‘Did Musa Aman do enough to object to tourism tax?’


PETALING JAYA: Parti Warisan Sabah today questioned if chief minister Musa Aman had done enough to convey the state’s objection against Putrajaya’s move to introduce the tourism tax on all hotels in the country, including Sabah and Sarawak.

Its vice-president Junz Wong said Deputy Prime Minister Zahid Hamidi had yesterday announced that the issue was resolved and the tax would be implemented as planned.

He said Zahid said this the day after Musa was seen breaking fast with him and Prime Minister Najib Razak at Sri Satria in Putrajaya.

He said he was “surprised” by Zahid’s announcement and wondered if Musa had impressed the “aspirations” of Sabahans on the matter to Najib and Zahid.

“If he has, why did the DPM announce that the tourism tax will continue as planned?” Wong, who is the Likas assemblyman, said in a statement today.

“Sabahans are still hoping that the strong-armed tourism tax will be rejected,” he said.

“Warisan’s stand is to reject this tourism tax which will further burden Sabahans and Sabah tourism as a whole,” he added.

He said Sabah’s assistant tourism, culture and environment minister Pang Yuk Ming had stated on June 12 that the state government had yet to decide on the issue.

On June 14, state minister Masidi Manjun claimed that the state had objected to it since 2016, Wong added, saying that Musa was seen breaking fast with Najib and Zahid that very evening.

The tourism tax will come into effect on July 1. Once implemented, it will see both locals and foreigners paying a levy to hotel operators on a per room and per night basis, at the same rate.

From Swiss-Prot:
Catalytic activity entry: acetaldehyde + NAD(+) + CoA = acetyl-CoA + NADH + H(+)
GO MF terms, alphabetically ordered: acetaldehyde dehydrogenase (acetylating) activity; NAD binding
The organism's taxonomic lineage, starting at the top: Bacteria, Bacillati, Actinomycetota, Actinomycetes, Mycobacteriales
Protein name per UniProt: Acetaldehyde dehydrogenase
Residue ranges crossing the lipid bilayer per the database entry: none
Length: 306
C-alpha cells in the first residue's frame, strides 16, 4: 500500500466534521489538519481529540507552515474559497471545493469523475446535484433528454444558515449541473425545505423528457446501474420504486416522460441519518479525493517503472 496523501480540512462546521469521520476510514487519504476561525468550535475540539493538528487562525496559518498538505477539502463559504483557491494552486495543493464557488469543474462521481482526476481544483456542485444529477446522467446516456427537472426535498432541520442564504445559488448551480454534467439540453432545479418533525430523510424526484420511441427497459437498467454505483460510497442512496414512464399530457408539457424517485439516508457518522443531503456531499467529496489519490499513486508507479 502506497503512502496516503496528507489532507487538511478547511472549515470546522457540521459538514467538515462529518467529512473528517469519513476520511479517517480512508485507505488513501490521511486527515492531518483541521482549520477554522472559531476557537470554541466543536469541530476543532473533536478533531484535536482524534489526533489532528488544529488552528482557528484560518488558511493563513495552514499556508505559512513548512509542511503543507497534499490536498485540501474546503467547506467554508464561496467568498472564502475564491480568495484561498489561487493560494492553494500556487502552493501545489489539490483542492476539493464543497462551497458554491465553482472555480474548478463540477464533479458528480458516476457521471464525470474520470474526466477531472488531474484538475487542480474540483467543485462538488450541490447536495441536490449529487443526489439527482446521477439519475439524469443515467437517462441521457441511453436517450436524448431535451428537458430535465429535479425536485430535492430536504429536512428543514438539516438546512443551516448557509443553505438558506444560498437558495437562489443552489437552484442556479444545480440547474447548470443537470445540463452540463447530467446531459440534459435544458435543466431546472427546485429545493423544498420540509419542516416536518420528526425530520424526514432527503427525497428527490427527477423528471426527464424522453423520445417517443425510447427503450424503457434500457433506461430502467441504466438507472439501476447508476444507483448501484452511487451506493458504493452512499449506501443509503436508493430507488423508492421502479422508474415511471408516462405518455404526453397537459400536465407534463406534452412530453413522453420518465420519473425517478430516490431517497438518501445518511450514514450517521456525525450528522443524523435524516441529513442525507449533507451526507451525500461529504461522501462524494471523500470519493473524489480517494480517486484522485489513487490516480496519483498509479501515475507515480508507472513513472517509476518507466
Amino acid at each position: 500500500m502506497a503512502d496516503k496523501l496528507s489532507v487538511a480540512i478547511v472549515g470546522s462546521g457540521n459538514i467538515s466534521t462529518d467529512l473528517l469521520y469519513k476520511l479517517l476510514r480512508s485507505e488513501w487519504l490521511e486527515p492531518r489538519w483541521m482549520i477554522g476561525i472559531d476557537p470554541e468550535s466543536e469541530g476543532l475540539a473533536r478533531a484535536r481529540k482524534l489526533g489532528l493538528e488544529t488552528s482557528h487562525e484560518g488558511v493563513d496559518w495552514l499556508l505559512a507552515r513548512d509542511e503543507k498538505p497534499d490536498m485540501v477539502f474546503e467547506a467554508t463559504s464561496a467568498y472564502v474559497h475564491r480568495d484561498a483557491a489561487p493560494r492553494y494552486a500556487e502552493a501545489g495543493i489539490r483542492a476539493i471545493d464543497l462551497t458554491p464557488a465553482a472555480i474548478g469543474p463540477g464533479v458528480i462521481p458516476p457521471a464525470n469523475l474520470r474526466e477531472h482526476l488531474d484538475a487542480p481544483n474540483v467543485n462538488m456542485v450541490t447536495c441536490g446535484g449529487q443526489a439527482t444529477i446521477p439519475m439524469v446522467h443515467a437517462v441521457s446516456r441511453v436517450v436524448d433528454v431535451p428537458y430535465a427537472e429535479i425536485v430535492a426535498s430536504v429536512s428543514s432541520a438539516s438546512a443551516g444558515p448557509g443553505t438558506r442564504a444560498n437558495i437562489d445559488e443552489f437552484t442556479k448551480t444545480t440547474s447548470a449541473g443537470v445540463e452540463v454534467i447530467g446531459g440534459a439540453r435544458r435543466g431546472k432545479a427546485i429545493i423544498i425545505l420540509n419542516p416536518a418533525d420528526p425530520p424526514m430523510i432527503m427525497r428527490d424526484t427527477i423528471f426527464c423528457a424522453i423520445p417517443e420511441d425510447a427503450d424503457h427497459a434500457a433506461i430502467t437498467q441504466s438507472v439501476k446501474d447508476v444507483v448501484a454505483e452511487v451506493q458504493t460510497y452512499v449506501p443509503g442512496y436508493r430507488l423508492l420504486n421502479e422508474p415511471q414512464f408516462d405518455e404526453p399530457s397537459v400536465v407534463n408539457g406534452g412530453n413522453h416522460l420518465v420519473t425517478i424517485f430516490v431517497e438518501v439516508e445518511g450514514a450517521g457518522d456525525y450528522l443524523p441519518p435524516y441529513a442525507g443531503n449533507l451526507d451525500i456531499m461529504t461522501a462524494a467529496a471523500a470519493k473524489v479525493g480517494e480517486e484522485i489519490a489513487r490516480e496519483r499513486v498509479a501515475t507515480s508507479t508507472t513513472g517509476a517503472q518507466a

The tax for non-rated hotels will be RM2.50, while the tax for two-star ones is RM5, three-star RM10, four-star RM15 and five-star RM20.

Leaders in both Sabah and Sarawak have voiced displeasure over it, saying the states were not consulted beforehand in the spirit of the agreements they had signed with the federal government for the formation of Malaysia in the 1960s.

On June 11, Sarawak tourism minister Abdul Karim Rahman Hamzah was quoted by Borneo Post as saying that the new tax was a glaring example of Putrajaya imposing tax laws in Sarawak without consultation.

This led to an outburst by Tourism and Culture Minister Nazri Aziz that same day where he called on Karim to watch his mouth when issuing statements against the federal government. Political leaders from the two states backed Karim in the dispute.

Zahid yesterday said the spat between Nazri and the east Malaysian states was resolved, and that the issue had been deliberated by the federal cabinet on Wednesday.

He said it was agreed that no further statements should be made on the matter by federal and state ministers.

He also said he had personally met the chief ministers of Sarawak and Sabah on Wednesday and the chapter was now closed.